If you need more help, you can usually get service within 24 hours by making a proper, reasonable, post in the forum. Obey the rules and culture of the forum, and one of us will almost certainly help you. If you find that no one is helping you, this is almost certainly because you have not made it easy to help you--i.e., by disobeying the rules that make it easier to help you, or you have asked a question that five seconds with google (or even our brokenass forum search) would have answered for you.

For faster service, and really, for a fun time, you can talk to most of us nearly instantly in the IRC channel. Look in the forum and in the documentation for instructions on how to find us there. At any given time (but, particularly, at times that are afternoons in North America and Europe) you will find several of us in there, generally available to provide some level of help or support. Believe it or not, we are one of the most active, most easily accessible subject matter experts, and most responsive support communities you're going to find for a product like this.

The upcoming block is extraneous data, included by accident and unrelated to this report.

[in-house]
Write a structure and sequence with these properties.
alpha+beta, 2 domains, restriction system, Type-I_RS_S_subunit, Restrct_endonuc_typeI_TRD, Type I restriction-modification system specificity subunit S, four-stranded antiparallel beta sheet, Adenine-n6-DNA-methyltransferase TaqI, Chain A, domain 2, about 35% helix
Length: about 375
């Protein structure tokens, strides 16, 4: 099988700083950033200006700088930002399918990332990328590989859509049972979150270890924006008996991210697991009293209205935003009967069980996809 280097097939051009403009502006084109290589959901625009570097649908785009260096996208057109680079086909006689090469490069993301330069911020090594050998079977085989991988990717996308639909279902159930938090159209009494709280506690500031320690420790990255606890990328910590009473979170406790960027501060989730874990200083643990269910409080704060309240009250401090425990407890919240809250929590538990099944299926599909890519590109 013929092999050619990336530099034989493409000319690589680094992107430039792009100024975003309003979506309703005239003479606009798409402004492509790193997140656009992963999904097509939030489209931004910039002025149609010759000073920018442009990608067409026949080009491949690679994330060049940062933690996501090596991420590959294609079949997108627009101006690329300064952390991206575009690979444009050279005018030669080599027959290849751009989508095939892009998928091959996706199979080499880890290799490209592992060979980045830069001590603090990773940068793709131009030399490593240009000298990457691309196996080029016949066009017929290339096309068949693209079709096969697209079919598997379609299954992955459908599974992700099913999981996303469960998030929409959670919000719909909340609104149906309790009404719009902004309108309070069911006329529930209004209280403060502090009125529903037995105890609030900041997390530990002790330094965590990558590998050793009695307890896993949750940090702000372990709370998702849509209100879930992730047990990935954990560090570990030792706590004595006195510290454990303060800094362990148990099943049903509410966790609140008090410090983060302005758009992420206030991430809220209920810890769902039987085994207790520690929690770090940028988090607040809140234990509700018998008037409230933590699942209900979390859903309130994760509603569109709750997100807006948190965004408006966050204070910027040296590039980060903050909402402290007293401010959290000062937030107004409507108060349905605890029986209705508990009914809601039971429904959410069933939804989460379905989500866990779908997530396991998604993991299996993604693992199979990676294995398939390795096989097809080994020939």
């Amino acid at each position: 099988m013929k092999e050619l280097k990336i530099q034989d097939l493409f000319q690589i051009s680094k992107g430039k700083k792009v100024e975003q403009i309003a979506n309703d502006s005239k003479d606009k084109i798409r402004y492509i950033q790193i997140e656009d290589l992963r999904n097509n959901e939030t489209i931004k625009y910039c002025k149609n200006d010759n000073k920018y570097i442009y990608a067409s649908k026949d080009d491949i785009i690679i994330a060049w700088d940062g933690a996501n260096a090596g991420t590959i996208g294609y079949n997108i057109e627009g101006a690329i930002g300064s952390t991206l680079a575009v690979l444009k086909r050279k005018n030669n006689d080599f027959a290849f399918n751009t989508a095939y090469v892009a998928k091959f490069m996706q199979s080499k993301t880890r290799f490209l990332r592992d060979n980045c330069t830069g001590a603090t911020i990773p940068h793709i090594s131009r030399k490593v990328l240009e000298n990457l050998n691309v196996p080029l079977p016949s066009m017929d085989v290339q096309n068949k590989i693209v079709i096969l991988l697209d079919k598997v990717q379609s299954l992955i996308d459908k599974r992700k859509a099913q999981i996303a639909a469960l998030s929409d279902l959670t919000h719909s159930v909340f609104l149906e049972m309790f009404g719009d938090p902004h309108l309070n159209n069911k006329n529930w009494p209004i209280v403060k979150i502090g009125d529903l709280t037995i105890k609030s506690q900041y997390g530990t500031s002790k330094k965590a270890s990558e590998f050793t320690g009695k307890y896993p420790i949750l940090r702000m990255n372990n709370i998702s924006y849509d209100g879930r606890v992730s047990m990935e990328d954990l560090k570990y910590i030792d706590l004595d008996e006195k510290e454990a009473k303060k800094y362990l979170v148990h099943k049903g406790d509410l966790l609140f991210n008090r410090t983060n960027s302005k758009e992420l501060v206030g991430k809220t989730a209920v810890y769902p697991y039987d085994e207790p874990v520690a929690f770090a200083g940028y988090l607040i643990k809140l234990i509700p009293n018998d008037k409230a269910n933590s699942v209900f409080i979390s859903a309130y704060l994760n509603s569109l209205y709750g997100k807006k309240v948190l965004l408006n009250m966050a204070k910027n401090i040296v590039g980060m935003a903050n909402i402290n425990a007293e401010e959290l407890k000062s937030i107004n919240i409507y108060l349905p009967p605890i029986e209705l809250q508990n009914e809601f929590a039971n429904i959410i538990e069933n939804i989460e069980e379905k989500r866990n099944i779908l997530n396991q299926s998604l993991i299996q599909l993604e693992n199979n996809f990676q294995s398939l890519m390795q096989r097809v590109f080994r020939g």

But remember: this is volunteer work. Almost no one you deal with in the forums, or on the IRC channel, is being paid to help you. Accordingly, those that are helping you hold all of the cards, so it would be wise business to make it as easy as possible to help you. You can do that by:
  • Giving the appearance of having done a reasonable amount of your own homework
  • Giving the appearance of already having taken the time to see if something one of the guys has already put together for you (forum stickies, documentation, etc) easily solves your problem
  • Having the right hardware in the first place
  • Remembering that you are getting a very valuable service for free, so a good attitude, and some acknowledgement to the person(s) that help you would be nice.